[Movies] Ben Kingsley Comments On Rumors About His "Secret Project" For Marvel
Posted by Joseph Lee on 11.02.2013
Is it about The Mandarin?
In an interview with Vanity Fair, Ben Kingsley spoke about the rumors that his "secret project" with Marvel is a One-Shot that features the real Mandarin taking revenge for his portrayal by Aldrich Killian and Trevor Slattery in Iron Man 3. Here are highlights:
On his secret project being about the Mandarin: "I think it may be seen as . . . sometimes [Marvel] tacks on a short film to one of their other releases, maybe on a DVD or something. I haven't heard anything at all about this. So it's in progress. It will have to remain under wraps. Marvel was so brilliant in the way they kept the transition from the Mandarin to Trevor Slattery in Iron Man 3. They were absolutely brilliant at it. I so respect the way they dearly want to surprise their audiences. But we will just have to leave it in the realm of rumor."
On his facial tattoos in Ender's Game: "The mask and tattoos are called Tā moko and that was devised by a New Zealand Māori who studied the script and came back with this wonderful design for myself, which, in itself, tells a story. The Tā moko designs do tell a story of the person's journey in this life, his lineage to his forebears. It's like a genealogical map and a very beautiful way of telling the world who you are."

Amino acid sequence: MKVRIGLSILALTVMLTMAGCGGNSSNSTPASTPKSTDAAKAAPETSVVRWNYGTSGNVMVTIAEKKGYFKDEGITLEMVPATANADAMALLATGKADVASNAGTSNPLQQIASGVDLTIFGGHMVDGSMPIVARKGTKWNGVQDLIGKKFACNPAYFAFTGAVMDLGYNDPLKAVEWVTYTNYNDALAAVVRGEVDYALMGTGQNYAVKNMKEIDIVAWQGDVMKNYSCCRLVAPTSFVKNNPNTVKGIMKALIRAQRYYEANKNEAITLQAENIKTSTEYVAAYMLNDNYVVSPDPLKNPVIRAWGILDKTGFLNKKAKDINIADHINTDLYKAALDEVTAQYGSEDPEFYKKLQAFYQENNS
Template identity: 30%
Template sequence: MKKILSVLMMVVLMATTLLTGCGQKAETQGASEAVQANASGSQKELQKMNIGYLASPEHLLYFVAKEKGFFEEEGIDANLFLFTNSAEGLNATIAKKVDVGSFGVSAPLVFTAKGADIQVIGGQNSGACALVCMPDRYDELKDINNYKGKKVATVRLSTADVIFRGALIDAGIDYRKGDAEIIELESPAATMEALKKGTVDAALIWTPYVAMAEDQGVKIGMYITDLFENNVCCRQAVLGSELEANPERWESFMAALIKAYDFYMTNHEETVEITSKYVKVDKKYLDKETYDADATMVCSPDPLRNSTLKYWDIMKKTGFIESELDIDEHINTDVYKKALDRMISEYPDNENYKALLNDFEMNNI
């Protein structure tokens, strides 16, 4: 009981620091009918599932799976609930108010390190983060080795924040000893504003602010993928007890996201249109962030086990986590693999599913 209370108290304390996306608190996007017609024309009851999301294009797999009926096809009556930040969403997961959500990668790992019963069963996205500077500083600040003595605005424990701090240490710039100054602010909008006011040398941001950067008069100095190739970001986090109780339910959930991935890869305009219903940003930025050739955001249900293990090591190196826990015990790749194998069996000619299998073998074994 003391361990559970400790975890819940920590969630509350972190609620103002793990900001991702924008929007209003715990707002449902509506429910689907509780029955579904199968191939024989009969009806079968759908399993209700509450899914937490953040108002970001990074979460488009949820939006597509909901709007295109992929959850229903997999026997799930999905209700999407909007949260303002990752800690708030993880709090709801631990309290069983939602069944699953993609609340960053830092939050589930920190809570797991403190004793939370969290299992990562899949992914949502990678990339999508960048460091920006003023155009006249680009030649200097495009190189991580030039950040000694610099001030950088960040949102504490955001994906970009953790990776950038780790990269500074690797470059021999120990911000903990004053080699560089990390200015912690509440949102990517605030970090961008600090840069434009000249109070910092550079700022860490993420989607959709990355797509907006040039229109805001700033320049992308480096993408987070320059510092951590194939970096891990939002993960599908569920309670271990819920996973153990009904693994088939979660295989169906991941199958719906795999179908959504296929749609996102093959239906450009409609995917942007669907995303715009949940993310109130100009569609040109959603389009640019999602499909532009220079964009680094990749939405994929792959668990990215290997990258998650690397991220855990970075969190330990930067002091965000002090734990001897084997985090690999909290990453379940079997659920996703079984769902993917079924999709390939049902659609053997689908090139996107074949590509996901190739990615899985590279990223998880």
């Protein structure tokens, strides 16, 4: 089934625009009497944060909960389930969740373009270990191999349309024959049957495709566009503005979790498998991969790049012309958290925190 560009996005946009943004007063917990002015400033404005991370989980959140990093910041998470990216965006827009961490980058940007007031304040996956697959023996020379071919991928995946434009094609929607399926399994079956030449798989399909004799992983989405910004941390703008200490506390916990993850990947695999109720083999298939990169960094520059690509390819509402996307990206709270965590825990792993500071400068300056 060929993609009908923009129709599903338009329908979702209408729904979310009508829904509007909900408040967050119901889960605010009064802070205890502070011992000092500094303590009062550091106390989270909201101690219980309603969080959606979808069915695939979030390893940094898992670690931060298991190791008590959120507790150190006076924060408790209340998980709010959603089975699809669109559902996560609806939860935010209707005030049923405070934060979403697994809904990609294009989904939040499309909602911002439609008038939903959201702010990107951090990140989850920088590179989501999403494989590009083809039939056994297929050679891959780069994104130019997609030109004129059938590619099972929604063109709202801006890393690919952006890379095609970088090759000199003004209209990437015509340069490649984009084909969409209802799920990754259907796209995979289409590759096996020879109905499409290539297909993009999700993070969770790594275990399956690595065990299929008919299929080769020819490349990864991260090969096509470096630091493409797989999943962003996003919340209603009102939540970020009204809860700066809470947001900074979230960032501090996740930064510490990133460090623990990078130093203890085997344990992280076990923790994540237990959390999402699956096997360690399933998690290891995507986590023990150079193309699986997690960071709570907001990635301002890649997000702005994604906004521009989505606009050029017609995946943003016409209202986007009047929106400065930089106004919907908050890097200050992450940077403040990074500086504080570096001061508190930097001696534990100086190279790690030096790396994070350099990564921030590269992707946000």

On playing paternal, mentor-like characters: "I think that storytelling, at its best, can be healing. We've always told stories to each other, as human beings, over thousands and thousands of years as a process of explanation, comfort, healing. To be part of that tradition and to be a storyteller—in essence, that is what I am—I feel that it is a great way to connect to the outside world. Subconsciously—I don't think it is consciously— I am drawn to these patriarchal figures. Gandhi, of course, his nickname was "Bapu," which means "Dad." The great patriarch Simon Wiesenthal, whom I portrayed in Murderers Amongst Us. Otto Frank, whom I played in Anne Frank: The Whole Story. I think that you could consider Itzhak Stern a great patriarch in Schindler's List. Beharni [the patriarch of an immigrant Iranian family] in The House of Sand and Fog, a flawed figure but a great father who defended his family and his home with his life. I think it's perhaps possible to find moments of personal expression through one's work. I find that I am subconsciously drawn to these characters, but then, Julie, to get to your other point, what has happened is [people respond]. I was in Los Angeles a few years ago, just at the Grove [an outdoor shopping mall], and an Iranian family approached me. The daughter said, "How did you know about my dad?" That I somehow, through the script and my intuition and the wonderful direction of Vadim Perelman, was able to connect with her, was incredible. And she saw me in the mall and said, "Dad!" Quite wonderful. To be able to reach out to people and touch them as a plain, simple actor and say or convey, "I know, I know. This story may be part of your story." That is what I mean by healing. Film can help people. It can get them to think about parts of their lives that perhaps they need to think about or investigate or cherish, or move away from."